Manga artist Sanpei Shirato, widely known for his rich historical epics such as “Ninja Bugeicho” and “Legend of Kamui,” died of aspiration pneumonia on Oct. 8. He was 89.

Shirato’s real name was Noboru Okamoto. Tetsuji Okamoto, his younger brother, who was responsible for his drawings, also died of interstitial pneumonia on Oct. 12. He was 88.

Shirato’s wife announced their deaths through a publishing company on Oct. 26.

Shirato was born in Tokyo. He was influenced by his father, Toki Okamoto, a painter involved in the proletarian art movement, and learned oil painting from him.

After World War II, he performed “kamishibai” picture card shows, then launched his career as a manga artist in 1957 with a period drama manga, distributed as a rental book, called “Kogarashi Kenshi.”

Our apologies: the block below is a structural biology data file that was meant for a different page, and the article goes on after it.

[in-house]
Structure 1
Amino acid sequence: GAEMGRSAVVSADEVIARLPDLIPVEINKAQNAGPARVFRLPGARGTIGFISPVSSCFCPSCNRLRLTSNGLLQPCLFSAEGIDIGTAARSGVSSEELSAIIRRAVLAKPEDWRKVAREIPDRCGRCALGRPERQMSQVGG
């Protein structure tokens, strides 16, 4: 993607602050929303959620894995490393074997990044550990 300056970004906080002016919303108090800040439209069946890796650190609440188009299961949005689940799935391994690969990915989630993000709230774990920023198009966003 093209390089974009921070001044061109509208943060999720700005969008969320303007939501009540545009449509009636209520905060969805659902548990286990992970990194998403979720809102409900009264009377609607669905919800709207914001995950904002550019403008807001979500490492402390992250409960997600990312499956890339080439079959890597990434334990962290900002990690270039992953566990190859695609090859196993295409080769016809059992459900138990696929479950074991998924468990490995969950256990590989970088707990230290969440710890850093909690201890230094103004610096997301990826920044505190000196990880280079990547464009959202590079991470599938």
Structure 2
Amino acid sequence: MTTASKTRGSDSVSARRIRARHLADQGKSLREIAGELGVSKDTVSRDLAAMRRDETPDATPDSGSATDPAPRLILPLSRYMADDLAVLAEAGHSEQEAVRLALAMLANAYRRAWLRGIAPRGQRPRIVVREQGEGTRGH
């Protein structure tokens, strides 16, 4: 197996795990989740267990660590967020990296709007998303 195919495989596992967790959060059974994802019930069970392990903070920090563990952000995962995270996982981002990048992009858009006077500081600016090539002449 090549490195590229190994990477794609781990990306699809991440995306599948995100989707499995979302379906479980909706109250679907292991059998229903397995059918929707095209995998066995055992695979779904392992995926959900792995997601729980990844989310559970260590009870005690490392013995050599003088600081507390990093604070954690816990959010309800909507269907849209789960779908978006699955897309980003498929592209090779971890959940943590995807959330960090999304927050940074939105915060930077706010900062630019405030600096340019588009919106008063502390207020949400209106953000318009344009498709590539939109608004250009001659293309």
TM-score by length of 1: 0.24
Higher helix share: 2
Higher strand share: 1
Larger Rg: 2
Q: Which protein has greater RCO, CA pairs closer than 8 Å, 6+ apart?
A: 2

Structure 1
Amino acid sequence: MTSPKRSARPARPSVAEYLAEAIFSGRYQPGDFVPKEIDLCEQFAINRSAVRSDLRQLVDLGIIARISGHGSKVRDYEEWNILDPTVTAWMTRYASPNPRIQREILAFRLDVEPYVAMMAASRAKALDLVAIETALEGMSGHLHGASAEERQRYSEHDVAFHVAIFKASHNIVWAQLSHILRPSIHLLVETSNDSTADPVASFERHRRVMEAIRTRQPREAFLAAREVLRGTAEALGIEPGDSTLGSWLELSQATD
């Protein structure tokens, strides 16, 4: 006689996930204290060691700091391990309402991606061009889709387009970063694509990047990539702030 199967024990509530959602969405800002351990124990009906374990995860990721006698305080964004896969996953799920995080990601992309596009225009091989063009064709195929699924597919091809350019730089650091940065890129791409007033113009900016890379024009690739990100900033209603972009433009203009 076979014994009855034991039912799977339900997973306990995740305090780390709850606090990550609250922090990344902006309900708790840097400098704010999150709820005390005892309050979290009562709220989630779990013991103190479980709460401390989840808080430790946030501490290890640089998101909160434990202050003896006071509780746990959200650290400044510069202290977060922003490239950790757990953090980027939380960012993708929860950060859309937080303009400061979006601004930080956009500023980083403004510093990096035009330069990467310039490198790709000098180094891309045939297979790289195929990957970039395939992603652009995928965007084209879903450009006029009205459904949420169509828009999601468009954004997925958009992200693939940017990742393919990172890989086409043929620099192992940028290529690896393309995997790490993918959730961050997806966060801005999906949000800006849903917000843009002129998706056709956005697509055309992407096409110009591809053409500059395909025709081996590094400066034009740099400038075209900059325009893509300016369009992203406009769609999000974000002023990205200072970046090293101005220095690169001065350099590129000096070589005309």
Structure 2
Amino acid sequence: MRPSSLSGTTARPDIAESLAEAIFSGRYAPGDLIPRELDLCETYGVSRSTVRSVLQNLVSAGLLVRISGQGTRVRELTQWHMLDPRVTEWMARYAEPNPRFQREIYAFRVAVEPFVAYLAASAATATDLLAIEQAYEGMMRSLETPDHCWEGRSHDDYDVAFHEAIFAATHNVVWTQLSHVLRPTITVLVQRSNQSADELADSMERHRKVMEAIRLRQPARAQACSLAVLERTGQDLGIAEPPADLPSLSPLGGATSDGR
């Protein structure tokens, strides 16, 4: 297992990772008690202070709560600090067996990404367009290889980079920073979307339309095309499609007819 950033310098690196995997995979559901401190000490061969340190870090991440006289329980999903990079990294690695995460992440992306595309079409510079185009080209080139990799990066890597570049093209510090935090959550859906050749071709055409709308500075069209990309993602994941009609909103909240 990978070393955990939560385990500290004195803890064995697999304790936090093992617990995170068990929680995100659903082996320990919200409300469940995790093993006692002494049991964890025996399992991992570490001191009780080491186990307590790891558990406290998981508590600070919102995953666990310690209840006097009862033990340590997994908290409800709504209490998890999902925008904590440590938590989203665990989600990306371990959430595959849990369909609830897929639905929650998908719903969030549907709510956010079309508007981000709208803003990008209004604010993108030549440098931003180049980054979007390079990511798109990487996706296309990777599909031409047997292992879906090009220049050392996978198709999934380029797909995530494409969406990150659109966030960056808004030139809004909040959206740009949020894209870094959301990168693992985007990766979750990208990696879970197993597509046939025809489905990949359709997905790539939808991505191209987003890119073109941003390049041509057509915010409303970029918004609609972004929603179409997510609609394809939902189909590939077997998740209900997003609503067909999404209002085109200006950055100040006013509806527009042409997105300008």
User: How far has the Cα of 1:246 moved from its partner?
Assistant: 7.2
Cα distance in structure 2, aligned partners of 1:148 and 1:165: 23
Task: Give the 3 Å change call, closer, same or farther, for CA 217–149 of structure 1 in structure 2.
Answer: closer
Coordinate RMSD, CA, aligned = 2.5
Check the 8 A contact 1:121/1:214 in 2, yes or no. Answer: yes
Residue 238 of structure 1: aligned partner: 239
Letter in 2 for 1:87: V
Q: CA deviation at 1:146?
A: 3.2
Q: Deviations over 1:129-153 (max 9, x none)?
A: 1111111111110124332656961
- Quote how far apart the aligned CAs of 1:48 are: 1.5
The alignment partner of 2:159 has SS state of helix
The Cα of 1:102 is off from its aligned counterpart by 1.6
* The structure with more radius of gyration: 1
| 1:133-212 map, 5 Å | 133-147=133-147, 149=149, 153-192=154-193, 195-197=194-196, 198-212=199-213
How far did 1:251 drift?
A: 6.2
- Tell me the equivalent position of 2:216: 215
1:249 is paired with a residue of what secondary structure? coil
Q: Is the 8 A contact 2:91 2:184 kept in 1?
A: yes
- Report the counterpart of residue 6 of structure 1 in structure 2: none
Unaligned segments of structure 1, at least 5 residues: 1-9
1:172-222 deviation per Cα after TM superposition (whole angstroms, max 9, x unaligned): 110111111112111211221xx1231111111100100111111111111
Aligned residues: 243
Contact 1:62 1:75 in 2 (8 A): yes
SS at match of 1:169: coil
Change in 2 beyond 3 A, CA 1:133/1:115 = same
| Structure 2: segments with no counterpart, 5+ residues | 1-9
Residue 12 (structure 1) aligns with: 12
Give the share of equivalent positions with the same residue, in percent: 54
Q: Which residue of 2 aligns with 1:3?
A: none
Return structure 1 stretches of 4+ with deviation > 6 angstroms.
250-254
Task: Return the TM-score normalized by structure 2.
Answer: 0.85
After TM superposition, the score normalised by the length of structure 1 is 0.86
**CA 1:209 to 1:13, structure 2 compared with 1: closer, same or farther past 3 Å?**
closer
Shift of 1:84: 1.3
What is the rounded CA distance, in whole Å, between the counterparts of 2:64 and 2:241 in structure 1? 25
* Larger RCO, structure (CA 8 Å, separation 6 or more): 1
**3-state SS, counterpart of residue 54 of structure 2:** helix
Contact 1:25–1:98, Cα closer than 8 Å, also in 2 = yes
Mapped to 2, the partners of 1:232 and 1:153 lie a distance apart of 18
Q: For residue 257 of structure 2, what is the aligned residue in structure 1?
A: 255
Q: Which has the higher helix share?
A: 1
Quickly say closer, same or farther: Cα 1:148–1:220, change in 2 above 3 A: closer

He also released his work “Ninja Bugeicho Kagemaruden” from 1959 to 1962, in the form of rental books. In the story, the main character Ninja Kagemaru led a riot at the end of the Warring States period.

He published the first series of “Legend of Kamui” between 1964 and 1971 through the magazine Garo.

That story follows the young boys of farmers and ninja, and describes structures of a hierarchical society and resistance to discrimination in detail.

The second series was carried in another magazine from 1988 to 2000. Shirato planned to release a third series to end the story but never did.

“I cannot release the series through a magazine anymore,” he said in an interview with The Asahi Shimbun in December 2017.

Among his other famous works is the ninja story “Sasuke.”  Many of his stories have been adapted into anime.